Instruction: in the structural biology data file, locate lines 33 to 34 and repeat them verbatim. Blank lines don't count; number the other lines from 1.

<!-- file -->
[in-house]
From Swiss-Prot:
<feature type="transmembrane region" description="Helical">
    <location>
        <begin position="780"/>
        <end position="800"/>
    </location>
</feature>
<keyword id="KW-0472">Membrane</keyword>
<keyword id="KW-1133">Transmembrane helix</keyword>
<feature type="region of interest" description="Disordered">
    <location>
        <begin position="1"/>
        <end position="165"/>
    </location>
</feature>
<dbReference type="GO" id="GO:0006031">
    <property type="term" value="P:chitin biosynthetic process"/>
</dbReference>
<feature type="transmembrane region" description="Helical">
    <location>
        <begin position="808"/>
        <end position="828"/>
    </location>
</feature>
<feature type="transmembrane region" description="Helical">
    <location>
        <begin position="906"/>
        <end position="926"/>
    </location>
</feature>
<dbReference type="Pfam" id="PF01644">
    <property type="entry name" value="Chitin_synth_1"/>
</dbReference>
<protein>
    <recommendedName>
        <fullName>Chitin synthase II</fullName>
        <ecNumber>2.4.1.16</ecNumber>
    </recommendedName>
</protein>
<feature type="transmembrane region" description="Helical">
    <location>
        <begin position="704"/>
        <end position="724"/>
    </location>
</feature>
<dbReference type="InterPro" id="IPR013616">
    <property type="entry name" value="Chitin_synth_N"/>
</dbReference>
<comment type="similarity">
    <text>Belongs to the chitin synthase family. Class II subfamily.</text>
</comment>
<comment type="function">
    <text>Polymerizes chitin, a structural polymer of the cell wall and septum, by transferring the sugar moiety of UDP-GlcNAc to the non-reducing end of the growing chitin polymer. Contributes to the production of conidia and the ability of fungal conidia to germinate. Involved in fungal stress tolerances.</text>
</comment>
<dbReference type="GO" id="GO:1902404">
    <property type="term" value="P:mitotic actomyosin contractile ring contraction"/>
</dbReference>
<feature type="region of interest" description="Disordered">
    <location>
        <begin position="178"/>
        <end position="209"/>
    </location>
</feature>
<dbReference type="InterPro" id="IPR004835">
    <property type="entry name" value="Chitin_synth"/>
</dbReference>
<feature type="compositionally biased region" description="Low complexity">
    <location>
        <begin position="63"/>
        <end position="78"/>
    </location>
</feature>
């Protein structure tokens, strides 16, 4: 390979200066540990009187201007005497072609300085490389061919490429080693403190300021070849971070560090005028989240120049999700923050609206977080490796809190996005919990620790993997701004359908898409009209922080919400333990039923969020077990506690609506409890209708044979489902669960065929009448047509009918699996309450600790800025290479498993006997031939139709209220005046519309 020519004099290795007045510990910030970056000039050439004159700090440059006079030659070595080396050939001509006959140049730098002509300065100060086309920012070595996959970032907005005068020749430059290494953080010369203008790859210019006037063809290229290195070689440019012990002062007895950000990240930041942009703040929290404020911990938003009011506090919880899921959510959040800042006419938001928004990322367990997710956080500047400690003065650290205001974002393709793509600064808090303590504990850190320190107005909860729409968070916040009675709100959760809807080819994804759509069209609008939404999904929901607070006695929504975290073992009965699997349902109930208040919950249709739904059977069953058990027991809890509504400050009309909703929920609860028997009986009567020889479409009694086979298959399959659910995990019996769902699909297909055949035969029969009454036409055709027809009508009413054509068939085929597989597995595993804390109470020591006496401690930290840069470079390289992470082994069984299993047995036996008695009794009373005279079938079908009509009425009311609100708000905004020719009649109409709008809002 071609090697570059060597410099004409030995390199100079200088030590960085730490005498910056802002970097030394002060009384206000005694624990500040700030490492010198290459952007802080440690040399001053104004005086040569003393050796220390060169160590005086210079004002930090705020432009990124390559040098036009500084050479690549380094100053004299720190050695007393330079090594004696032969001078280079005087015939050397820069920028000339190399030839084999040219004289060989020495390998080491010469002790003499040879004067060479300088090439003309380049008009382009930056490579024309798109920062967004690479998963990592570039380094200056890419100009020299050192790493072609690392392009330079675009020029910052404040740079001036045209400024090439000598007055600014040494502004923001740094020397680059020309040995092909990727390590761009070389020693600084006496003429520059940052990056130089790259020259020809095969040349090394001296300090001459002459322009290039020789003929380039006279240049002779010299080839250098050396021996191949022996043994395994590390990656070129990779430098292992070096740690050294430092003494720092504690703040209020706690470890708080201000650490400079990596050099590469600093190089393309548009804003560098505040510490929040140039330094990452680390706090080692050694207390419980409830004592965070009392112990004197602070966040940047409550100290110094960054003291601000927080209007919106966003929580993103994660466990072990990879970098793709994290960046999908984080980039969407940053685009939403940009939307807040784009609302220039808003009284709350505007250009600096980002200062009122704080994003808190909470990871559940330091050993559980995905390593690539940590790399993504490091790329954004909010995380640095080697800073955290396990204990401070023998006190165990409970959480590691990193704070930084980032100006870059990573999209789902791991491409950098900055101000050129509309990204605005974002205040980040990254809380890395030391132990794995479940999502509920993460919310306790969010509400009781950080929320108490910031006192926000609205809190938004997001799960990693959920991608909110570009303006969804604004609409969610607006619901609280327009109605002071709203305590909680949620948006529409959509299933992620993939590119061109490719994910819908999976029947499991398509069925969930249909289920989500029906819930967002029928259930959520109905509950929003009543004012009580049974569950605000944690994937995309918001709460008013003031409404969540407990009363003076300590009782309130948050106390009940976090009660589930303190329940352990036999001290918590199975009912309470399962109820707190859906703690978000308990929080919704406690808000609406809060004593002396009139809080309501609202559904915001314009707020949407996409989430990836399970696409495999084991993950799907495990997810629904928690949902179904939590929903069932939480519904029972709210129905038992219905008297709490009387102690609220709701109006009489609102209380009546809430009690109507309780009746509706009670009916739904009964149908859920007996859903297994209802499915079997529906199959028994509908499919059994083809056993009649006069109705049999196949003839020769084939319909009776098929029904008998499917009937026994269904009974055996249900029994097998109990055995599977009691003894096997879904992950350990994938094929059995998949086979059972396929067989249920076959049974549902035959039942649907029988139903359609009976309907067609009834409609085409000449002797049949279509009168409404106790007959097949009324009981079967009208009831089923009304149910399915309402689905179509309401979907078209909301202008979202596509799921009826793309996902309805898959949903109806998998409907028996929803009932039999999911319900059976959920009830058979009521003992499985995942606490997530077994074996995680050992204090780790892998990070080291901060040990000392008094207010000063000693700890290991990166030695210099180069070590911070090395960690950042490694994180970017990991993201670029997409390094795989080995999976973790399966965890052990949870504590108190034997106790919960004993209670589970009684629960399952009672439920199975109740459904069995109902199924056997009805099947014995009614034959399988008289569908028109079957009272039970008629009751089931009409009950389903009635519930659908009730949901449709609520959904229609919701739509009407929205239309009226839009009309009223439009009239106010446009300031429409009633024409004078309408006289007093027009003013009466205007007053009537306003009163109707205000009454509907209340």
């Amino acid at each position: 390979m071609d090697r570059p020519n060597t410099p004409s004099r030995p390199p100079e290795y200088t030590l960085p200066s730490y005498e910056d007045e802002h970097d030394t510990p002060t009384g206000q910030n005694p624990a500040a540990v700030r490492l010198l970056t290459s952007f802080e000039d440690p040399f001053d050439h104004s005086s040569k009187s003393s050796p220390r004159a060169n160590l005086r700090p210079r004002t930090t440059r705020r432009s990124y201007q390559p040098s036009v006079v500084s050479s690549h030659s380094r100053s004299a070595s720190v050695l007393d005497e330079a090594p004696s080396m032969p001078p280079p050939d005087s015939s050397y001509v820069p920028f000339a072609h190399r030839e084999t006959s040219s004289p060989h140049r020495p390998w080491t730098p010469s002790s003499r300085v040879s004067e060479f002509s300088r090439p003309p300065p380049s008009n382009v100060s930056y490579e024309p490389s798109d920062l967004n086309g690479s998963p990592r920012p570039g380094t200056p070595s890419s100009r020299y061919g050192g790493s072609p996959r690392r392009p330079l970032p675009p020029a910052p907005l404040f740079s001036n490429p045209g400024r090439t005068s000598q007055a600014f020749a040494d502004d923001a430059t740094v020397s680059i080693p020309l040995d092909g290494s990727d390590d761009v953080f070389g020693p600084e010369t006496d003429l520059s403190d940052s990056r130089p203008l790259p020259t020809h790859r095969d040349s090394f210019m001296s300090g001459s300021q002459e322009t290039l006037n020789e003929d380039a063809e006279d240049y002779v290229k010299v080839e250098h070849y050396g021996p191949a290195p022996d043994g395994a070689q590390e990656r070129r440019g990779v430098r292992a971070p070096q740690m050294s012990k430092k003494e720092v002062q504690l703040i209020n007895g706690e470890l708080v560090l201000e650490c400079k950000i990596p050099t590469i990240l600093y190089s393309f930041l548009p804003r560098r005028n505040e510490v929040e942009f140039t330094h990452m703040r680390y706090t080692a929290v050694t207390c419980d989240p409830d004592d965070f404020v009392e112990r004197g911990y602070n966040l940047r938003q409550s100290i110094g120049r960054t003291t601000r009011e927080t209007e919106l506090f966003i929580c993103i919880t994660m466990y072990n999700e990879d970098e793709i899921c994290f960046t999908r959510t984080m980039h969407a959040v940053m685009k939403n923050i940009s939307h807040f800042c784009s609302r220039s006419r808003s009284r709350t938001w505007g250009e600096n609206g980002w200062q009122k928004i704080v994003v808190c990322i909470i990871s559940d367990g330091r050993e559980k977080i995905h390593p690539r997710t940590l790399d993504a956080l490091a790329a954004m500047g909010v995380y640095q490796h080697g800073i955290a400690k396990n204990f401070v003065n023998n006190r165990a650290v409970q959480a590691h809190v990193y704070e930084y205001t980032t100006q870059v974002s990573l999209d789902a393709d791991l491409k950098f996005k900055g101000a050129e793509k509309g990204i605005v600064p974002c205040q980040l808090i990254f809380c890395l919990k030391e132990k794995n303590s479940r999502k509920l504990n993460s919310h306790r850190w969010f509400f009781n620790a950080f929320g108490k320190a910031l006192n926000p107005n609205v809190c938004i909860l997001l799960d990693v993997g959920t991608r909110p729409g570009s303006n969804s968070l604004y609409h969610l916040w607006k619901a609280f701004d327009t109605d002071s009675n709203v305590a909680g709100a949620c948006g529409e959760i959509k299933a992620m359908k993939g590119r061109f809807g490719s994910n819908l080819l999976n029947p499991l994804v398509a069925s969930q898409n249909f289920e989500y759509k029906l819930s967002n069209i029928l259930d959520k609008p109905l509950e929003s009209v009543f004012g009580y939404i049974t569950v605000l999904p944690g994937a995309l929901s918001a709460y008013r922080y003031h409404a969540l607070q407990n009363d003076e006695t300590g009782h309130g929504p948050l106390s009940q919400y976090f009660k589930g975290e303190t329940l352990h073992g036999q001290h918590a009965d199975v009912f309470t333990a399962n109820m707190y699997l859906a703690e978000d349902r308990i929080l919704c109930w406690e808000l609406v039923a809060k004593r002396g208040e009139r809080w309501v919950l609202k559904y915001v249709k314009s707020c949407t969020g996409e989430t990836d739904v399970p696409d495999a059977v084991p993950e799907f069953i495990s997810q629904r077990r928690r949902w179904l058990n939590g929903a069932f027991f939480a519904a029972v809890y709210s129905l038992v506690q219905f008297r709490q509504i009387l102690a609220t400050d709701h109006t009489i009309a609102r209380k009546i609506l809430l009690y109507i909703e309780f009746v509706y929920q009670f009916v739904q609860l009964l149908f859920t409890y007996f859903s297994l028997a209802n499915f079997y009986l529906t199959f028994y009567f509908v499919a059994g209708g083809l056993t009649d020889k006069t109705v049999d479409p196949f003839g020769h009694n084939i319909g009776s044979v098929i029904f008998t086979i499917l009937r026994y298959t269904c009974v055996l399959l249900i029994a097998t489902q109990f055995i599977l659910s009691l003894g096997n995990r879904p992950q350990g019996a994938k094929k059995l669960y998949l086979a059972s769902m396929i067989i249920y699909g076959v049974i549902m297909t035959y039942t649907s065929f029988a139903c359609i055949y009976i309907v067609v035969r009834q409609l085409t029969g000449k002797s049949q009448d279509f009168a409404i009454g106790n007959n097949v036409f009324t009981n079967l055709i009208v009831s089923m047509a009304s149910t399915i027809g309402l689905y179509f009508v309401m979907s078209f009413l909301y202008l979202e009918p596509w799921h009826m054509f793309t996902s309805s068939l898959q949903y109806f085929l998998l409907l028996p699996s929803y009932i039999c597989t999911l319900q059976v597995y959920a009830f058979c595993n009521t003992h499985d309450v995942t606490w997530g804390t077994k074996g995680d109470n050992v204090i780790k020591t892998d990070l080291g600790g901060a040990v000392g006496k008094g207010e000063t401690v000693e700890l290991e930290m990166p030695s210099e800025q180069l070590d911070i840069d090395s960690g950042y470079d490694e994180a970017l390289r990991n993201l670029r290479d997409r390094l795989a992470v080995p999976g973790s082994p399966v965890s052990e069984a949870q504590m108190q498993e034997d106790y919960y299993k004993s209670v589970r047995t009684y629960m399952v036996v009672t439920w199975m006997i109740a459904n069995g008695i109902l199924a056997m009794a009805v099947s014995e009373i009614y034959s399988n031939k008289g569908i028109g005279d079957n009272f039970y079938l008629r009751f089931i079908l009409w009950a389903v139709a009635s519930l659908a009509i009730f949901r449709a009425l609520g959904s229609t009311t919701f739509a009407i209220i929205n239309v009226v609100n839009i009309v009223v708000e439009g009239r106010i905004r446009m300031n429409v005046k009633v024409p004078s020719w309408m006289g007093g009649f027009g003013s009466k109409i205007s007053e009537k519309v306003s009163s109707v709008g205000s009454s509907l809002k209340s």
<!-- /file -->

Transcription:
    <property type="entry name" value="Chitin_synth_1"/>
</dbReference>